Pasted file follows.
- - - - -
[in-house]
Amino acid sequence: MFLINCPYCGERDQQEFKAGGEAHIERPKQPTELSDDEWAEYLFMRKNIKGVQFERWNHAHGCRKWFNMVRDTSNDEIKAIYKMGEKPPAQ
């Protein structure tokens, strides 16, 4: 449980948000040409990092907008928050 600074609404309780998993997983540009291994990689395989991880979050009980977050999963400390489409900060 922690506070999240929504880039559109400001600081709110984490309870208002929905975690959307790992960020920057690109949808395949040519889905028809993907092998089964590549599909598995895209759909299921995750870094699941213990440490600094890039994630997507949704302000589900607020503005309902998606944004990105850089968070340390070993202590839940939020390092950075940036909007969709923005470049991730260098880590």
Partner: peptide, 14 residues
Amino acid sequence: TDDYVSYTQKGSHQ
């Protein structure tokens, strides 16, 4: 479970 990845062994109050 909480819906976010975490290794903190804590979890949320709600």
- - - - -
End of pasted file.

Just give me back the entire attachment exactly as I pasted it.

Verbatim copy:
[in-house]
Amino acid sequence: MFLINCPYCGERDQQEFKAGGEAHIERPKQPTELSDDEWAEYLFMRKNIKGVQFERWNHAHGCRKWFNMVRDTSNDEIKAIYKMGEKPPAQ
């Protein structure tokens, strides 16, 4: 449980948000040409990092907008928050 600074609404309780998993997983540009291994990689395989991880979050009980977050999963400390489409900060 922690506070999240929504880039559109400001600081709110984490309870208002929905975690959307790992960020920057690109949808395949040519889905028809993907092998089964590549599909598995895209759909299921995750870094699941213990440490600094890039994630997507949704302000589900607020503005309902998606944004990105850089968070340390070993202590839940939020390092950075940036909007969709923005470049991730260098880590």
Partner: peptide, 14 residues
Amino acid sequence: TDDYVSYTQKGSHQ
């Protein structure tokens, strides 16, 4: 479970 990845062994109050 909480819906976010975490290794903190804590979890949320709600």